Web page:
A new report published by Covered California identifies the potential impact to consumers if increased health insurance subsidies that were part of the American Rescue Plan (ARPA) are allowed to expire at the end of 2022.
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The report finds that all consumers would face significant premium increases and many middle-income individuals would no longer be eligible for financial assistance, which could potentially force over 150,000 Californians to drop their health insurance coverage.
According to the report, ARPA had a dramatic impact on making coverage more affordable for Covered California consumers and increasing enrollment numbers. The average monthly premium paid by Covered California consumers dropped 20% from 2021 to 2022. Enrollment hit a record high of 1.8 million total consumers in 2022, a 9% increase compared to 2021 numbers. The vast majority of these enrollees (92%) are currently receiving subsidies to help reduce the cost of their premiums each month.
The figure below shows coverage enrollment levels between 2020 and 2022 for both California and the U.S.
The report also emphasizes that in California, the biggest positive enrollment impacts have been in communities of color that were particularly impacted by the pandemic. Compared to 2020, African American enrollment increased by 33%, Asian American enrollment increased by 14%, Latino enrollment increased by 18%, and White enrollment increased by 14%.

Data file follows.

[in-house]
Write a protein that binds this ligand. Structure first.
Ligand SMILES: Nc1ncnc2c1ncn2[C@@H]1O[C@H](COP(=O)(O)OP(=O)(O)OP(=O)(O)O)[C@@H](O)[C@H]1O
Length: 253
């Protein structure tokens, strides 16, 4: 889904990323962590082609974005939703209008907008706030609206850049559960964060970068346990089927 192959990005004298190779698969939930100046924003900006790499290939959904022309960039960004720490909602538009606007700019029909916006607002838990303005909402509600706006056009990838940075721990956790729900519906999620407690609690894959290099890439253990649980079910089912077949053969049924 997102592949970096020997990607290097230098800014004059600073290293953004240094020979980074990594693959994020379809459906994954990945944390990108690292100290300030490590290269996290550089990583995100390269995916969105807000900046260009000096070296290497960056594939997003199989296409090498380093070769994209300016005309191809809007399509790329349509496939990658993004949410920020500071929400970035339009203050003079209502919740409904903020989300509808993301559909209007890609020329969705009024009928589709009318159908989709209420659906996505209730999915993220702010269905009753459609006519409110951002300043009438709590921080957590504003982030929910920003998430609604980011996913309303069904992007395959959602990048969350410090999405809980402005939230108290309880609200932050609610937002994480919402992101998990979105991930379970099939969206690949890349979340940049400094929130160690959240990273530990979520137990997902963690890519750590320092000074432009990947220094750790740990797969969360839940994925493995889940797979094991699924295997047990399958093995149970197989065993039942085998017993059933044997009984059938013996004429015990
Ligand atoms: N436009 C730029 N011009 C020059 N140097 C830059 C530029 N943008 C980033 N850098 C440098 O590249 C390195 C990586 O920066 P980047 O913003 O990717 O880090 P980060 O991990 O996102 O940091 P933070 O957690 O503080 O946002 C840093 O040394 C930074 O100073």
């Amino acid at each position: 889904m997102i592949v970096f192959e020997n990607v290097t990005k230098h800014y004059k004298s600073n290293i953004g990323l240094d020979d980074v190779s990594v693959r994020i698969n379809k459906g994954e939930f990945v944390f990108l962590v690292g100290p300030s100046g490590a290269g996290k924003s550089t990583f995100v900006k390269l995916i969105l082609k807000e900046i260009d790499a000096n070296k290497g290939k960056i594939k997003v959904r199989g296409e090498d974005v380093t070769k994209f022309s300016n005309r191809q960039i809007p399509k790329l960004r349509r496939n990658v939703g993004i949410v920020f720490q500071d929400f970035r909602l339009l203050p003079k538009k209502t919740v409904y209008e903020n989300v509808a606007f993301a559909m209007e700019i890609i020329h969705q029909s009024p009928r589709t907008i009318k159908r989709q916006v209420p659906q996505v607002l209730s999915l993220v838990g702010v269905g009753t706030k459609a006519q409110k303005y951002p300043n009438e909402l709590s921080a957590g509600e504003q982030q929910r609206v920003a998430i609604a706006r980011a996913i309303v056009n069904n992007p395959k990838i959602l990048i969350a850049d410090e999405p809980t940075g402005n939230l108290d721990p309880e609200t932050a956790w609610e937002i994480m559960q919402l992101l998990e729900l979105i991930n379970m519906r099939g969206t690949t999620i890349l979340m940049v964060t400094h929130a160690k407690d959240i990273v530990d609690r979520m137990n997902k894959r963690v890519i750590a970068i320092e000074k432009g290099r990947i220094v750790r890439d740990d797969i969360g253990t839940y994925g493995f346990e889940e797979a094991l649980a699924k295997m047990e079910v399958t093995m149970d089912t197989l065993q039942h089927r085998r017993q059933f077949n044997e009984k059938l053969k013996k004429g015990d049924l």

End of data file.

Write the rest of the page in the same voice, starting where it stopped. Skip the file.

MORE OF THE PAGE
The report goes on to assert that allowing ARPA premium subsidies to expire would dramatically raise premiums and increase the number of Americans becoming uninsured. Covered California predicts the lowest income enrollees, making less than 250% of the federal poverty level and compromising 60% of Covered California’s subsidized enrollment, would be affected the most. The report says their premiums would more than double on average.
The table below shows the potential premium increases for the lowest-income enrollees if ARPA subsidies are not extended.
In the report’s release announcement, Peter V. Lee, executive director of Covered California, emphasized that enrollees with the lowest incomes would be hit the hardest.
“While lower-income consumers would still be getting federal tax credits, many of those who would see their premiums double will be priced out of the coverage they want and need,” he said. “A total of 1 million Californians, those who can least afford it, will be hit the hardest if these critical subsidies are allowed to expire.”
Middle-income enrollees–individuals who earn more than $51,520 a year and families of four who earn more than $106,000 a year–would lose their eligibility for premium support to protect them from rising costs, regardless of how much it cost them as a percentage of their income. These middle-income enrollees represent about 9% of Covered California’s subsidized enrollment, and if the subsidies were not extended, they would see their premiums increase by an average of $273 per member, per month.
Covered California said they encourage congressional action to ensure that the premium subsidies enacted by ARPA are not left to expire, stating that Americans’ access to health coverage and care will be significantly reduced as a result.